FIG. 6 is an enlarged, fragmentary sectional view taken on line VI--VI of FIG. 4,
FIG. 7 is an enlarged, fragmentary sectional view taken on line VII--VII of FIG. 1, and
FIG. 8 is an enlarged, fragmentary sectional view taken on line VIII--VIII of FIG. 2.
Like reference numerals apply to similar parts throughout the several views, and the numeral 2 applies generally to a water wheel supporting frame including a vertical post 4 fixed at its lower end in the ground 6 adjacent a moving stream of water 8, the water level being indicated at 10, and the direction of the current being indicated by arrow 12 in FIGS. 1 and 2. Post 4 consists of a lower portion 4A fixed in the ground, and an upper portion 4B coaxial with the lower portion and connected thereto by a vertical swivel connection indicated generally by the numeral 14 and consisting, as best shown in FIG. 8, of a pair of heavy, horizontal circular plates 16 and 18 affixed respectively to lower post section 4A and upper section 4B by brackets 20, said plates having wiping contact and being maintained in concentric relation by a vertical kingpin 22 rotatably engaged in sockets 24 fixed in the post sections. Thus the upper post section 4B may be turned on its vertical axis.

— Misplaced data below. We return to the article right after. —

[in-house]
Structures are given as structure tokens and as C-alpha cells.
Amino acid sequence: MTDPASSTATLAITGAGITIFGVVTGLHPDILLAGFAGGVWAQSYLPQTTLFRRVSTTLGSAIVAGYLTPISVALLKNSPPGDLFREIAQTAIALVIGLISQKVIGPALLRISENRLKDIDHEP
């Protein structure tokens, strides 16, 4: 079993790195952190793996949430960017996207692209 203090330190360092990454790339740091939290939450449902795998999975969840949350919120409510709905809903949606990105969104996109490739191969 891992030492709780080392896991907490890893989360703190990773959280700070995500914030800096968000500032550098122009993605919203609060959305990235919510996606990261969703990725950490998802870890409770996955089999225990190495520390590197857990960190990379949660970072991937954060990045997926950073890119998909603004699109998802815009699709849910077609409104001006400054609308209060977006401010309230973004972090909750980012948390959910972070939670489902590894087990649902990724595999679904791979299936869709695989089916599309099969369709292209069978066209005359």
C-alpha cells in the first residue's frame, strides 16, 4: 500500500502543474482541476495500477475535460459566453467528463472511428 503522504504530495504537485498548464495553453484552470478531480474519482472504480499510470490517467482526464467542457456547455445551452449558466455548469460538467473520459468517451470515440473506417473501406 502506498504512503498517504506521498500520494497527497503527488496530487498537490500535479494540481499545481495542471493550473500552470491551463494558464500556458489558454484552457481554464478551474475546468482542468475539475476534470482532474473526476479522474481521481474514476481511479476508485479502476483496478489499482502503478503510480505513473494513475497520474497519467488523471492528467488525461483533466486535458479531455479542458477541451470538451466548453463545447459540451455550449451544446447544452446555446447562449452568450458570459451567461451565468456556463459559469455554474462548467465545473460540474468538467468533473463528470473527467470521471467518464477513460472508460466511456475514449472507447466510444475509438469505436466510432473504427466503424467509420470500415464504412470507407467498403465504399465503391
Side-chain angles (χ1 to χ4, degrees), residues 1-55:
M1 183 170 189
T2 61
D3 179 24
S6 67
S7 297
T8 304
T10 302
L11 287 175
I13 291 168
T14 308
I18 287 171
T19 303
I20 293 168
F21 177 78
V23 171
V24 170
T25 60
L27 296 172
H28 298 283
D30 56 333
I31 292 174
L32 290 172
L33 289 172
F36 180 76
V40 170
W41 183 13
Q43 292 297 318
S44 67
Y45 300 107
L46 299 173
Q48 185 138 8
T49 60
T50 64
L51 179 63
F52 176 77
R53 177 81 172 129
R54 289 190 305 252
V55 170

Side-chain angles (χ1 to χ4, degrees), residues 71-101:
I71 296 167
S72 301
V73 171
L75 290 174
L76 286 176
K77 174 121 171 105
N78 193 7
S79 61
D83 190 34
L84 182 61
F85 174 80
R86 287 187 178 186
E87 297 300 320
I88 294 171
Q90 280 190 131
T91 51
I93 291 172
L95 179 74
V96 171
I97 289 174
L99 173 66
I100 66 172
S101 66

A heavy boom 26 is affixed at one end to post 4, well above water level 10, and normally extends horizontally outwardly over the water. Said boom is provided with a pair of spaced apart uprights 28 and 30, respectively adjacent but spaced apart from post 4 and at its outer end, extending upwardly therefrom, and a pair of depending uprights 32 and 34 aligned respectively with uprights 28 and 30. A horizontal shaft 36, disposed beneath and parallel to boom 26, extends between and is mounted in lower uprights 32 and 34, and a pair of water wheel carrier arms 38 are pivoted intermediate their ends on said shaft, respectively adjacent the two uprights. Said carrier arms normally incline downwardly and forwardly, as best shown in FIG. 2, and a water wheel shaft 40 extends horizontally therebetween and is mounted therein at their forward ends, being parallel to shaft 36. A water wheel indicated generally by the numeral 42, containing important subject matter of the present invention which will be fully described hereinafter, is mounted axially and rotatably on shaft 40, and as will appear dips below water level 10 to be turned by the current of the water, with shaft 40 disposed at least somewhat above the water level. At its rearward end, behind boom 26, each of carrier arms 38 has a weight 44 suspended therefrom by means of a hanger 46, in order to partially counterbalance the weight of the water wheel. A horizontal shaft 48, disposed above and parallel to boom 26, extends between and is rotatably in uprights 28 and 30. Fixed on said shaft between the uprights are a pair of cable drums 50, respectively adjacent the two uprights. A cable 52 wound on each of said drums is extended downwardly and forwardly and connected to the associated carrier arm 38 forwardly of shaft 36, as at 54. A manual crank 56 is fixed on one end of shaft 48, in order that drums 50 may be turned to pivot carrier arms 38 upwardly to lift water wheel 42 out of the water. Also fixed on shaft 48 is a ratchet wheel 58 controlled by a pawl 60 operable to permit rotation of drums 50 in a direction to elevate the water wheel, but to lock said drums against opposite rotation except when the pawl is released manually. To prevent sagging of boom 26 under the weight of the elements carried thereby, a bracing cable is extended between the upper end of post 4, which extends well above the boom, and upright 30, as best shown in FIG. 3. To prevent the water wheel from being moved downstream by the drag of the water current thereon, another cable 62 is attached to upright 30 and extended upstream to a second post 64 also affixed in the ground, where it is wound on a cable drum 66 affixed to a shaft 68 journalled rotatably in said post. Drum 66 is manually rotatable by means of a crank 70, and controlled by a ratchet wheel 72 and pawl 74 in the same manner as drums 50 are controlled by ratchet wheel 58 and pawl 60, and as detailed in FIG. 7.